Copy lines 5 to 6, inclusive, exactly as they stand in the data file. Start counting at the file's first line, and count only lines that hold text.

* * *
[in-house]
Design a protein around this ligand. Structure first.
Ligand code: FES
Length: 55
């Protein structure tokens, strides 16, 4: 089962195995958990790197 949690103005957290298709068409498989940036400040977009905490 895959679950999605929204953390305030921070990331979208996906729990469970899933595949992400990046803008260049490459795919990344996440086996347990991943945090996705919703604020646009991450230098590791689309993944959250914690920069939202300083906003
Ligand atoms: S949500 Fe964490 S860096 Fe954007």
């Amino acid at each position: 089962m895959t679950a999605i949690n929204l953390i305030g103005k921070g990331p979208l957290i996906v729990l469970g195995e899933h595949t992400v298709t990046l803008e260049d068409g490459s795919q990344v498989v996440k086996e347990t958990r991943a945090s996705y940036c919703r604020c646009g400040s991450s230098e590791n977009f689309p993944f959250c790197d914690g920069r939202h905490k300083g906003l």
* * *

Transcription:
């Protein structure tokens, strides 16, 4: 089962195995958990790197 949690103005957290298709068409498989940036400040977009905490 895959679950999605929204953390305030921070990331979208996906729990469970899933595949992400990046803008260049490459795919990344996440086996347990991943945090996705919703604020646009991450230098590791689309993944959250914690920069939202300083906003
Ligand atoms: S949500 Fe964490 S860096 Fe954007």